Lemuel was rudely brought back to the present by a fight between two of the jennies. They were squabbling over a patch of ground where each of them wanted to scratch for bugs.“I was here first. Find your own spot!”
“No, I was here first. You kept sneaking closer and closer as you scratched. This is my spot!”
Sighing, Lemuel walked over and sharply pecked each of them. “Mind your manners. You’re not a couple of squabbling chickens you know. You have the blood of the finest turkeys in North America running through your veins. Your pedigree goes back over 200 generations…”
Both jennies gave him a bored look and turned their backs on him and walked away. “Yeah, Dad, we know. Blah, blah, blah, aristocratic turkeys, the true first Americans. Whatever.”
Fatherhood and the founding of a new turkey dynasty weren’t working out the way Lemuel had envisioned. He had been raised on a farm specializing in heritage turkeys - Jersey Buffs. The farmer knew the pedigree of each of his birds and proudly informed them of their lineage as he cared for them. While some of his fellow jakes had made fun of the farmer, Lemuel listened to every word and took it all to heart. He would continue the line of Jersey Buffs proudly.
Bart, the farmer who’d purchased him had other ideas. It turns out that he’d bought a heritage tom only because the farm had a surplus of them and was selling them at a bargain price. The hens that Bart had purchased were common Holland Whites, and they certainly were common. They had no idea of their heritage and had been raised on a factory farm with no close contact with humans. Their manners and language were atrocious, and when he tried to impart information on basic turkey etiquette then hens just laughed at him and turned their backs, scratching dust in his face.
Furthermore, since they’d been raised in some sort of building with access only to a covered porch, they’d had no idea what to do when released into their turkey run. Bart had purchased fifteen poults and raised them up at the house until they could be released onto the farm. Lemuel would remember that first day with them for the rest of his natural life. Bart had carried them down from the house, one at a time, and dumped them into the run, saying each time, “Here’s another lady friend for you, Tom.”
The first hen had looked around with wild eyes and started running. She ran until she hit the wire fence, bounced off it and ran in the other direction. After doing this three or four times she just sat there dazed and gabbling. “This can’t be happening to me. Why the hell am I here? Where are the walls? Where is my feed? Oh, take me hooooooome!”
Lemuel walked slowly over to her so as not to scare her any more than she already was and introduced himself. He then offered to show her the coop, where she might feel more secure.
“Why dincha show me that when he dropped me in here. Some help you are, you big lunk. Take me there. NOW!” The hen stood up and glared at him.
Lemuel led her to the coop entrance, telling himself he needed to make allowances for her behavior. This must be a traumatic experience for her. A new place, separated from her friends and relatives; all would be well once she settled in a little bit.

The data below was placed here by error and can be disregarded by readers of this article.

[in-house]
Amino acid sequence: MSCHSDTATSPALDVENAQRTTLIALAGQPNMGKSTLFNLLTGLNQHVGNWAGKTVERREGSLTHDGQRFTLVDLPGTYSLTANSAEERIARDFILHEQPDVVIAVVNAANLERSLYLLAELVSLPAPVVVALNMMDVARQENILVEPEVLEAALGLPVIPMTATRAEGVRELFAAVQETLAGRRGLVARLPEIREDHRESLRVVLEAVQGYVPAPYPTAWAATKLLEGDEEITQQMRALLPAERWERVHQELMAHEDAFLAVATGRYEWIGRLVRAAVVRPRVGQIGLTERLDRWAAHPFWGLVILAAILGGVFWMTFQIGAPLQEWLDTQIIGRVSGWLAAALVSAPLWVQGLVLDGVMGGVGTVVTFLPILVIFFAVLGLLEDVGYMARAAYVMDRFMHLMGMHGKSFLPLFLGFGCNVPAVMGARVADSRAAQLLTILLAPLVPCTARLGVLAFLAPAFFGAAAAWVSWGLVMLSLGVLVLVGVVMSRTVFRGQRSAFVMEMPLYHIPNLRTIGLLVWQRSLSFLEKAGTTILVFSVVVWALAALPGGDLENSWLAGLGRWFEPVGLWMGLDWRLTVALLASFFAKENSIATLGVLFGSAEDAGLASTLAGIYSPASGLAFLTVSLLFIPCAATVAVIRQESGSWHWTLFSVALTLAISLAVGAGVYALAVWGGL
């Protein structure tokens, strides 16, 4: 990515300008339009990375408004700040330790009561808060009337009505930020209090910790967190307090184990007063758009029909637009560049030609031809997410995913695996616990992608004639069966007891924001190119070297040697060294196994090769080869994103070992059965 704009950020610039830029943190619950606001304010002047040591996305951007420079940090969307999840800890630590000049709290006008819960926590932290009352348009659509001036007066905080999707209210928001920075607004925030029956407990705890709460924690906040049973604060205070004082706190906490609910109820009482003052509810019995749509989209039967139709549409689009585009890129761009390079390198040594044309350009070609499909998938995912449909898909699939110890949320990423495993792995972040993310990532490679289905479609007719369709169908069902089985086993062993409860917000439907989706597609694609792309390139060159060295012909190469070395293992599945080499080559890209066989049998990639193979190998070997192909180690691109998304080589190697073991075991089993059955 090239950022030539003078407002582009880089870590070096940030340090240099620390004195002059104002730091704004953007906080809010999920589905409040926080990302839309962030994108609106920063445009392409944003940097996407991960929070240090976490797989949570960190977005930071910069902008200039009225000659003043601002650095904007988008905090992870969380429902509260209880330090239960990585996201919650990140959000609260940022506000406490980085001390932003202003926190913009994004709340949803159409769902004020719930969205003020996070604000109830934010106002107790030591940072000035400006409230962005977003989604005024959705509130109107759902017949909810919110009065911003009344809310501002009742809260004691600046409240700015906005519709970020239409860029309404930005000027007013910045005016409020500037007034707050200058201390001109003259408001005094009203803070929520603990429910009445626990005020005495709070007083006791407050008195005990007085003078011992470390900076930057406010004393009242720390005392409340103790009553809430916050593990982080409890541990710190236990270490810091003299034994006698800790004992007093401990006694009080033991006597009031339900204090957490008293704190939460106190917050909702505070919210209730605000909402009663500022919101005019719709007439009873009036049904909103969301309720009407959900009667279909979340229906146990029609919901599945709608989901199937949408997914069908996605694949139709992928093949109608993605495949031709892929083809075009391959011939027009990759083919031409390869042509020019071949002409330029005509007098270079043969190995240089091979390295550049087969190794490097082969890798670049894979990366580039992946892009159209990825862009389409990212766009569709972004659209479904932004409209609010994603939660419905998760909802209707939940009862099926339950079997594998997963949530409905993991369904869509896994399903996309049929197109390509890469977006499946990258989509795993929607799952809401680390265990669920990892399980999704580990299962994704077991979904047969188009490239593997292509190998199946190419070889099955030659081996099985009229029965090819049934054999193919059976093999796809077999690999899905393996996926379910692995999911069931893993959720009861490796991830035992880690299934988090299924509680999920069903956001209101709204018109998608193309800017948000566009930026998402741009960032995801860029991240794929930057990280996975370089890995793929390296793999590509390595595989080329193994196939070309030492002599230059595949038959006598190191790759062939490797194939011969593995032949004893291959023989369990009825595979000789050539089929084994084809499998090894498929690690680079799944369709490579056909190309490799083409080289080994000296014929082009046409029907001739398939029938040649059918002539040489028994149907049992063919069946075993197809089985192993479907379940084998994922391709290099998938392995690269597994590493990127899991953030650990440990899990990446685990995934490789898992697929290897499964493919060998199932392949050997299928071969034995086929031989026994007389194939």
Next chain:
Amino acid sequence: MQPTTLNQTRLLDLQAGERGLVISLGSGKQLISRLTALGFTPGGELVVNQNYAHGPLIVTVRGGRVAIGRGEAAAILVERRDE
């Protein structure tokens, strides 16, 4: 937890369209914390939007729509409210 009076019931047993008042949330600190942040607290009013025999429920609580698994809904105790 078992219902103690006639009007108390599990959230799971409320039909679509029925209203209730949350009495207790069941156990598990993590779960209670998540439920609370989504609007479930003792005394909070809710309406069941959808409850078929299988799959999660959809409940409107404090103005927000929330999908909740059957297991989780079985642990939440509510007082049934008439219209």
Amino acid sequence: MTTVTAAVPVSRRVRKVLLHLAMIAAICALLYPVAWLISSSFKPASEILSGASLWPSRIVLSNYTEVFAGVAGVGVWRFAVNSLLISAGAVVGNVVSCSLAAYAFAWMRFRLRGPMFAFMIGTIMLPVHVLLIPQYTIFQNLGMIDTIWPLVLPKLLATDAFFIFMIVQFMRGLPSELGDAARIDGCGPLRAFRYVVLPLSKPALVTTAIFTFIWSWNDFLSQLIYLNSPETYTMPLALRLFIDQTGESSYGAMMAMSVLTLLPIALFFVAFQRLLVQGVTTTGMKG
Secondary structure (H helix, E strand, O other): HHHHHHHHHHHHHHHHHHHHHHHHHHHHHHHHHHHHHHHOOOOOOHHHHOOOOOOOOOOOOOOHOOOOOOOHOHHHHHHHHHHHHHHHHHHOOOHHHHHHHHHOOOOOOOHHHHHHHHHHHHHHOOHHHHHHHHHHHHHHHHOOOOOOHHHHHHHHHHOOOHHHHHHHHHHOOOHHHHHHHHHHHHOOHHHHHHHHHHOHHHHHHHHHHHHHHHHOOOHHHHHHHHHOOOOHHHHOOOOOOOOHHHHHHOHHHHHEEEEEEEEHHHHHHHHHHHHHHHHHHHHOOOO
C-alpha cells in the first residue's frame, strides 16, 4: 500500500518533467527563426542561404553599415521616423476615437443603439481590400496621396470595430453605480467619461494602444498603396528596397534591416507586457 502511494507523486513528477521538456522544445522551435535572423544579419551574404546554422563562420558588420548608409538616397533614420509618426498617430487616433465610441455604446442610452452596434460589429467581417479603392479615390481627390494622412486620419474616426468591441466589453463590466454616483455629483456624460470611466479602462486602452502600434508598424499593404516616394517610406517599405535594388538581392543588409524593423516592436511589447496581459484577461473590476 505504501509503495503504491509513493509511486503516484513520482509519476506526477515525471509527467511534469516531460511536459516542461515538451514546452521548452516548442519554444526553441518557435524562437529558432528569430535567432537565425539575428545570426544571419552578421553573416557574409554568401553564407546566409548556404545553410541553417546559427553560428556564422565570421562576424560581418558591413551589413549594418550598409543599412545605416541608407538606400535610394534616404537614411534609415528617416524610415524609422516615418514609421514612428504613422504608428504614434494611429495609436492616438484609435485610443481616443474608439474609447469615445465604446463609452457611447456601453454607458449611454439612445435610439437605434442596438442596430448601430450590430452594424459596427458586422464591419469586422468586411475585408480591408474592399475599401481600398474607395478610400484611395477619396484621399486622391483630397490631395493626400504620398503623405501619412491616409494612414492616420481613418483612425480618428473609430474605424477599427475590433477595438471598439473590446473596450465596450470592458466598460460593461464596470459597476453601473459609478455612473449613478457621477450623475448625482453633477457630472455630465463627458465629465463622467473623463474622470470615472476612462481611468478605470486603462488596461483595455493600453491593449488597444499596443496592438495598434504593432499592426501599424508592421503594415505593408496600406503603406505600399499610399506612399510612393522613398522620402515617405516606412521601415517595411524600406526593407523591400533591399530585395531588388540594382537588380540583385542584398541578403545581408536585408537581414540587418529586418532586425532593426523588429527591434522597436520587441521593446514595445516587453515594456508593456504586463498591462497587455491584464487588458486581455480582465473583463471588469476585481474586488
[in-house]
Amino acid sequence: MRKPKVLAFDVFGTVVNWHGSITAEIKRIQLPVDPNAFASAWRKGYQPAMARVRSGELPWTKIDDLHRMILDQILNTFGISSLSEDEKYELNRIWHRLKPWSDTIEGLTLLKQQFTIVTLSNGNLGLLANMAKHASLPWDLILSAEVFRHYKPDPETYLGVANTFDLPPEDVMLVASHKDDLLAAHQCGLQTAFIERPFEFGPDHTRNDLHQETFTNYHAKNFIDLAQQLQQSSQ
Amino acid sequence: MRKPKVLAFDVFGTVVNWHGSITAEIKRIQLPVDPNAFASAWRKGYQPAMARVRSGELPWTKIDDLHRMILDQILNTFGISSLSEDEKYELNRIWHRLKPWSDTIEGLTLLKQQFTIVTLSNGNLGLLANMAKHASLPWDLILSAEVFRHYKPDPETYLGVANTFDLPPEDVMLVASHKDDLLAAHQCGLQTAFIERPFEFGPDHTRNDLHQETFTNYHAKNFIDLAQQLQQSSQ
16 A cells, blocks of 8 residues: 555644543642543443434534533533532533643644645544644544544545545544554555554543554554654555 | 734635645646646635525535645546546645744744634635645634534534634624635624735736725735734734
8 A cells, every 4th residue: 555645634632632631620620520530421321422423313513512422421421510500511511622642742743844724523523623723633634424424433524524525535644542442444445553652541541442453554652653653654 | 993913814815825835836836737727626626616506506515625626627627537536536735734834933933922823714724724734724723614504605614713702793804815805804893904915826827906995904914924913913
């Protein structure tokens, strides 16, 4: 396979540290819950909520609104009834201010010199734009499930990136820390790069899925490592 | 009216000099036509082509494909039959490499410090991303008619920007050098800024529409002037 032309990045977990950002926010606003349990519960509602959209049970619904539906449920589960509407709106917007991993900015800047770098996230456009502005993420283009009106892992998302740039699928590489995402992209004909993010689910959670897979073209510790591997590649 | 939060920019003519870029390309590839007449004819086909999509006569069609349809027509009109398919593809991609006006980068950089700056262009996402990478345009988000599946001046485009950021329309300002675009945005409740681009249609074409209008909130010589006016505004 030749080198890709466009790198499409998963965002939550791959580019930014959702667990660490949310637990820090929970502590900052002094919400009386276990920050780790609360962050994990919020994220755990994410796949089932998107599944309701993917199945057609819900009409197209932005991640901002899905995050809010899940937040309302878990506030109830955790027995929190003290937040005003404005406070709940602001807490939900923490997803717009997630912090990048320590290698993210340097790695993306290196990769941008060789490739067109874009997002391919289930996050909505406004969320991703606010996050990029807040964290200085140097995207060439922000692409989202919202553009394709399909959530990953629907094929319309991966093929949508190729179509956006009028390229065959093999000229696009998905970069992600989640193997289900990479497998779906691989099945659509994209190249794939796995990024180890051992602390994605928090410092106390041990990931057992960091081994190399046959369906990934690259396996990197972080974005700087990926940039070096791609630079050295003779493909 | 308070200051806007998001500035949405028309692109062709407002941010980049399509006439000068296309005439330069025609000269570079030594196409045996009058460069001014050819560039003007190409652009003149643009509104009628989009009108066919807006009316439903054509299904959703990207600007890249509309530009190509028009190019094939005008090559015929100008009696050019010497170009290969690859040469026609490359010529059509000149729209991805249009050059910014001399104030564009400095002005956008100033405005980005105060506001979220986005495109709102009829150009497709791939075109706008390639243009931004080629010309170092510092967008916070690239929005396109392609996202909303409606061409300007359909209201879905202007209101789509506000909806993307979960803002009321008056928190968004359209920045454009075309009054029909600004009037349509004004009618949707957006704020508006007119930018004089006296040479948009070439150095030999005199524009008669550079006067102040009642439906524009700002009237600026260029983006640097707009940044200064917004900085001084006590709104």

The hen ran into the coop, and when Lemuel tried to follow her she screeched, “Stay out of here - this is the hen house. No toms allowed. Shoo!” Lemuel backed off, completely confused. While he was still trying to figure out what to do, Bart dumped another hen into the run. The first hen screeched, “Penny! Henny Penny – over here! It’s safe in here. Just watch out for that nasty tom.” She turned to Lemuel and said, “Fine, you’ve helped me. Now get lost. Go away. Leave me and my sisters alone.”
Lemuel retreated to the far end of the turkey run where he could watch without being scolded and vilified. Bart dropped one hen after another into the run, and each time the first hen called to the newcomer, who ran quickly to the coop. After Bart dropped in the last turkey he called to Lemuel, “You’ve got your harem now, Tom. I expect to you produce me lots of chicks. I fancy being a turkey farmer these days. These ladies are going to need to be taken in hand – they’ve never had a run like this before, so I expect you to show them how things are done around here.” Bart turned and walked back towards the house, and Lemuel heard him say, “As if that dumb cluck would know his tail from a hole in the ground. He wasn’t even smart enough to come back home right away when he flew off God knows where.” He chuckled all the way back to the house.
It didn’t seem the right time to tell these hens anything. He could hear them all screeching in the coop about what a dump this place was – no central heat (whatever that was) and why couldn’t it be a nice cinderblock house like their old one rather than this ugly tongue and groove construction. Lemuel sighed and hoped that it wasn’t going to be too cold tonight. He didn’t think he’d be sleeping indoors any time soon.
Photo courtesy of Jessica Reeder - http://www.flickr.com/photos/jessicareeder/4306426339